The Coin as Modern Monetary Theory’s Trojan Horse

What about the priors of the platinum coin’s proponents? At various times, people with a range of views have promoted the platinum coin idea, but so far as we can tell from clicking on the social media profiles of the most outraged critics of our prior coin-focused column, nearly all of this batch are adherents of modern monetary theory (MMT), a highly unorthodox macroeconomic view.

To oversimplify somewhat, MMT posits that governments that control their own currency (as the U.S. government does) need not and generally should not raise revenue through taxing and borrowing but should simply create money to deposit with the central bank. MMT proponents acknowledge that this approach can be inflationary but believe that taxation to reduce the public’s buying capacity can be selectively deployed to contain inflation. Although we share the progressive values of most MMT proponents and agree with some of their criticisms of conventional views of public finance as overly concerned about deficit spending, we do not subscribe to MMT.

That is not our current point, however. We acknowledge that Congress could, if it so chose, adopt MMT policies. Yet according to our social media critics, Congress already did so—in an obscure provision of law authorizing the minting of platinum coins!

The breadth of that astonishing claim becomes apparent when one realizes that nothing in the critics’ argument is confined to a debt-ceiling crisis. If they are correct, then any presidential administration could decide to forbear collecting taxes (pursuant to its prosecutorial discretion), cease borrowing (except to the extent it deems doing so useful for creating Treasury bills as instruments of storing and exchanging wealth), and fund the federal government indefinitely by stamping “100 trillion dollars” (or any arbitrarily large number) on a piece of platinum.

We suspect that, just as Speaker McCarthy and House Republicans may regard disastrous economic fallout from a debt-ceiling crisis as a benefit rather than a cost of their hostage-taking, so the MMT adherents may regard the incredible power of their magic coin to remake public finance to their liking as a feature, not a bug.

Mainstream Proponents of Platinum Coins

The extreme MMT-promoting implications of assuming the legality of arbitrarily-high-value platinum coins should give pause to coin promoters who subscribe to more mainstream economic views. Take Paul Krugman, who is a long-time critic (and target) of the MMT crowd and also an enthusiast for the platinum coin gambit. Krugman has no expertise in law and thus seems to have simply accepted the claim that the platinum-coin loophole exists because some prominent legal scholars had previously promoted it.

That lack of legal training is evident in Krugman’s efforts to stave off the MMT advocates among his platinum fellow travelers. In a 2020 Twitter thread, he responded to the MMT claim that platinum coins could be “an actual funding source” for federal programs with the contention that it is only “an accounting maneuver to avoid blackmail.” Yet on this point Krugman is wrong and his MMT antagonists are correct. If trillion-dollar coins are a legal means of paying the government’s bills notwithstanding the debt ceiling, they are a legal means of paying the government’s bills, full stop. Nothing in the “loophole” argument has anything to do with the debt ceiling.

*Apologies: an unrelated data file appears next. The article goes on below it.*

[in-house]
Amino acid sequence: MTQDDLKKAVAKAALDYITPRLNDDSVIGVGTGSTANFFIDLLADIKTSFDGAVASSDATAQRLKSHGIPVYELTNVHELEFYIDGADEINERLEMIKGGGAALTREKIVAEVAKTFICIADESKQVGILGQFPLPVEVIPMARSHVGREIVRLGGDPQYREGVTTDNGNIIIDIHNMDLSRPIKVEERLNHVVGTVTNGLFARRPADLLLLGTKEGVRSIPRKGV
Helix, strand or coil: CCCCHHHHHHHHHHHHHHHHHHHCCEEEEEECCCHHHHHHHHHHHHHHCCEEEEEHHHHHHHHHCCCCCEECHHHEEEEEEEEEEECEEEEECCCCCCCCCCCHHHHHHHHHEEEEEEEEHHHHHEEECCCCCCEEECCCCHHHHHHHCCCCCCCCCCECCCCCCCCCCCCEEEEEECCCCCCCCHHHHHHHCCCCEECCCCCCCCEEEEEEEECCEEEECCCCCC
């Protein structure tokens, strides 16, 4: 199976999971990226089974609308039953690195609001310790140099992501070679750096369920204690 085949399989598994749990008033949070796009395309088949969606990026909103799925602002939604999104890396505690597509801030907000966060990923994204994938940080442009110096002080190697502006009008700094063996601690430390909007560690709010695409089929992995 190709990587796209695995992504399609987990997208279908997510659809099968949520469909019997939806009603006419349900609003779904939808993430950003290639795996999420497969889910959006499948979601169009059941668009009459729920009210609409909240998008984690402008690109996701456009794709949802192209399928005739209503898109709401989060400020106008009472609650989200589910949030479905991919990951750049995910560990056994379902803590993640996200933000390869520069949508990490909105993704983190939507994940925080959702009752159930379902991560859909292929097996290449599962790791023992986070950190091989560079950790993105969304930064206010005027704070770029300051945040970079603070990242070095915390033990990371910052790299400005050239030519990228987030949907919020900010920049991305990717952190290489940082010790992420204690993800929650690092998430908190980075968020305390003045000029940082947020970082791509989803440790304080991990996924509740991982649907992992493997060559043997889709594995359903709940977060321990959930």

But of course, the loophole argument is wrong, for multiple reasons, including one given by Krugman himself. He recently wrote that in response to the minting and depositing of a $3 trillion platinum coin, “[t]he Fed would offset any effect on the money supply by selling off some of its large portfolio of U.S. government bonds, so this would in effect simply be borrowing through the back door.” Krugman said roughly the same thing in that 2020 Twitter thread, where he acknowledged that “for all practical purposes,” the coin gambit “would be borrowing.” Yet he also claimed that this de facto borrowing “wouldn’t raise the official size of federal debt, so it wouldn’t run up against the debt ceiling.”

Why wouldn’t borrowing via a platinum coin count against the debt ceiling? Krugman did not say—and for good reason. It very likely would. The debt ceiling statute calculates debt as the sum of the face value of bonds—which, as Krugman rightly assumes, would not increase if the Fed were to sell pre-existing bonds—plus “obligations whose principal and interest are guaranteed by the United States Government.” As one of us (Buchanan) explained over a decade ago, both the textual context and purposive statutory interpretation lead to the conclusion that the platinum coin gimmick creates an “obligation” in the amount of the coin’s face value. Thus, it does count against the debt ceiling after all.

* * *

As we wrote above, we sympathize with Krugman and others who promote the platinum coin as a magic loophole that denies GOP hostage takers the rotten fruit of their poisonous tactics. If we thought it were plausibly lawful and would not displace better options, we might support it. But even if we are wrong about all the other reasons why the coin is unlawful, we are certain we are right about one reason that by itself suffices to show that the loophole does not exist. As we explained above, if trillion-dollar platinum coins are legal to avoid a debt-ceiling crisis, they are always legal as a means of substituting MMT for the entire apparatus of public finance. That absurd result shows that the coin’s proponents are badly misreading federal law.

In an important 2001 administrative law case that was unanimous in its result, the Supreme Court said that Congress “does not alter the fundamental details of a regulatory scheme in vague terms or ancillary provisions—it does not, one might say, hide elephants in mouseholes.” The platinum-coin enthusiasts think that when Congress delegated power to the mint to decide how to denominate the face value of platinum coins to sell to collectors and investors, it hid an ocean in a teacup.